Every business owner cringes when he opens the bill for his company’s health insurance. Each year the cost increases while he decreases the benefits to help rein in expenses. It’s like watching a hamster running in a wheel. Nothing changes—employers are frustrated, employees are disappointed and costs keep increasing. When will it ever end?
It will end when business owners change the paradigm. How? With a little education: The typical employee health benefit plan is composed of three parts; claims, administration fee and network fees. An actuary estimates claims at the beginning of the plan year and builds them into a policy whether they are incurred or not during the year. The business pays for them and the accompanying administration.
Depending on the state you are in, if your business has at least five fairly healthy employees there is a better way to design your health insurance program. Self-funding an employee health benefit plan is a smart long-term health strategy to save money because it can provide an excellent opportunity for employers to achieve immediate savings plus sustainable cost control. It unbundles the three parts of health insurance and most importantly allows for only actual claims to be paid. It also doesn’t have to comply with state mandates—only federal ones.
Traditional self-funding is defined as when an employer pays for their own medical claims directly, while a third-party administrator (TPA) administers the health plan by processing the claims, issuing ID cards, handling customer questions and performing other tasks.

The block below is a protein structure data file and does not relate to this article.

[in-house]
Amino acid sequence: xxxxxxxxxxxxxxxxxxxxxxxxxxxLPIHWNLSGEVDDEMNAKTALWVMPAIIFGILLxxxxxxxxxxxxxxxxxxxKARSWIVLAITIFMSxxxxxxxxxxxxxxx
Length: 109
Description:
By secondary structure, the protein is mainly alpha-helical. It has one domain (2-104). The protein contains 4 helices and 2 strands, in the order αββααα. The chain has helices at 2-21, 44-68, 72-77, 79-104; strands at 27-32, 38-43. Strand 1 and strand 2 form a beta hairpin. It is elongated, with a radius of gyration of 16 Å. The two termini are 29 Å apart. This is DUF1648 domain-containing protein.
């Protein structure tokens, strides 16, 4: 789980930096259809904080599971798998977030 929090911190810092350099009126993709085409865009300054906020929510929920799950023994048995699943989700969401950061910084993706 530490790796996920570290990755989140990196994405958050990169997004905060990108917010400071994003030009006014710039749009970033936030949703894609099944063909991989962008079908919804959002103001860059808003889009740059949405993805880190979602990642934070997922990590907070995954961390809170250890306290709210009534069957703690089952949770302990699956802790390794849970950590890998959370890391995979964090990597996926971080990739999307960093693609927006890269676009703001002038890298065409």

Companies with fewer than 250 employees can self-fund but will typically purchase stop-loss insurance. Stop-loss insurance limits the amount of claims expenses. These programs can be offered bundled together through one carrier or unbundled and purchased separately: TPA, Stop/Loss Insurance and Rented Network. The latter gives the employer ability to keep the network but move the insurance if the rate gets too high—or change the administrator is the service doesn’t meet quality standards
While self-insured employee health plans were traditionally deemed a large company benefit, in the last few years several carriers have packaged programs designed for small employers with as few as five employees. Small employee programs make it easy for these companies by keeping premiums level and offering end of the year refunds if premiums paid included more claims than were incurred. There is also a feature to pay for runout claims when the plan is terminated. Typical savings in the first year can be as high as 20 percent and renewals are often more competitive than ACA plans.
Some of the advantages of self-funding are:
- Paying for actual claims instead of estimated claims
- Complying with only federal mandates
- Stop/Loss Insurance to protect from large claims
- Same plan across states
- Claims information showing where claims are from
Smaller employers have been reluctant to self-fund their health benefits due to the misperception that self-funding only works for large companies—though this is no longer true when considering the stop-loss insurance and innovative self-funding options that are available today.
The many advantages of a self-funded health plan—while recognizing key differences from a fully insured health plan—can make this option a smart long-term strategy for clients looking to save money on their employee health plan.
Patti Goldfarb has been specializing in employee benefits for over 20 years. She is the founder of the New York State Association of Health Underwriters and has been on CNBC, quoted in Forbes, Kiplinger’s and MUSA. She can be contacted at firstname.lastname@example.org